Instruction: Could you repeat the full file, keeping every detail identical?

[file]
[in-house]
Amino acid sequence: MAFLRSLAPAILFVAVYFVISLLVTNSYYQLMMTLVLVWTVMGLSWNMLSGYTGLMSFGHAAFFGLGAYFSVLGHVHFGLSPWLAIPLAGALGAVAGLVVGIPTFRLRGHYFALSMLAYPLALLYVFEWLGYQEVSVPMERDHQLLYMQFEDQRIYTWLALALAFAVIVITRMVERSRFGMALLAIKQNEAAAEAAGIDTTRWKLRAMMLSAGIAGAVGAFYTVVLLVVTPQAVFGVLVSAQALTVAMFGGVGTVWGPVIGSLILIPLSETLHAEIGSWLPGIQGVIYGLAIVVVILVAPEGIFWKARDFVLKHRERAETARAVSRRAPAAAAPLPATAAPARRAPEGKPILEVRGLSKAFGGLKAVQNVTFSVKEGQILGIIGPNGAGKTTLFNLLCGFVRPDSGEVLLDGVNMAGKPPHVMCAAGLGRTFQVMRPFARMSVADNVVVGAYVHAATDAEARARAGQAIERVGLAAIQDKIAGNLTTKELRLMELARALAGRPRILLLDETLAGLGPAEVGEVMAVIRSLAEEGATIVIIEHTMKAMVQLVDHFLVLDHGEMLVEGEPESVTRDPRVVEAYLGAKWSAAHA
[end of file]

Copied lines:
[in-house]
Amino acid sequence: MAFLRSLAPAILFVAVYFVISLLVTNSYYQLMMTLVLVWTVMGLSWNMLSGYTGLMSFGHAAFFGLGAYFSVLGHVHFGLSPWLAIPLAGALGAVAGLVVGIPTFRLRGHYFALSMLAYPLALLYVFEWLGYQEVSVPMERDHQLLYMQFEDQRIYTWLALALAFAVIVITRMVERSRFGMALLAIKQNEAAAEAAGIDTTRWKLRAMMLSAGIAGAVGAFYTVVLLVVTPQAVFGVLVSAQALTVAMFGGVGTVWGPVIGSLILIPLSETLHAEIGSWLPGIQGVIYGLAIVVVILVAPEGIFWKARDFVLKHRERAETARAVSRRAPAAAAPLPATAAPARRAPEGKPILEVRGLSKAFGGLKAVQNVTFSVKEGQILGIIGPNGAGKTTLFNLLCGFVRPDSGEVLLDGVNMAGKPPHVMCAAGLGRTFQVMRPFARMSVADNVVVGAYVHAATDAEARARAGQAIERVGLAAIQDKIAGNLTTKELRLMELARALAGRPRILLLDETLAGLGPAEVGEVMAVIRSLAEEGATIVIIEHTMKAMVQLVDHFLVLDHGEMLVEGEPESVTRDPRVVEAYLGAKWSAAHA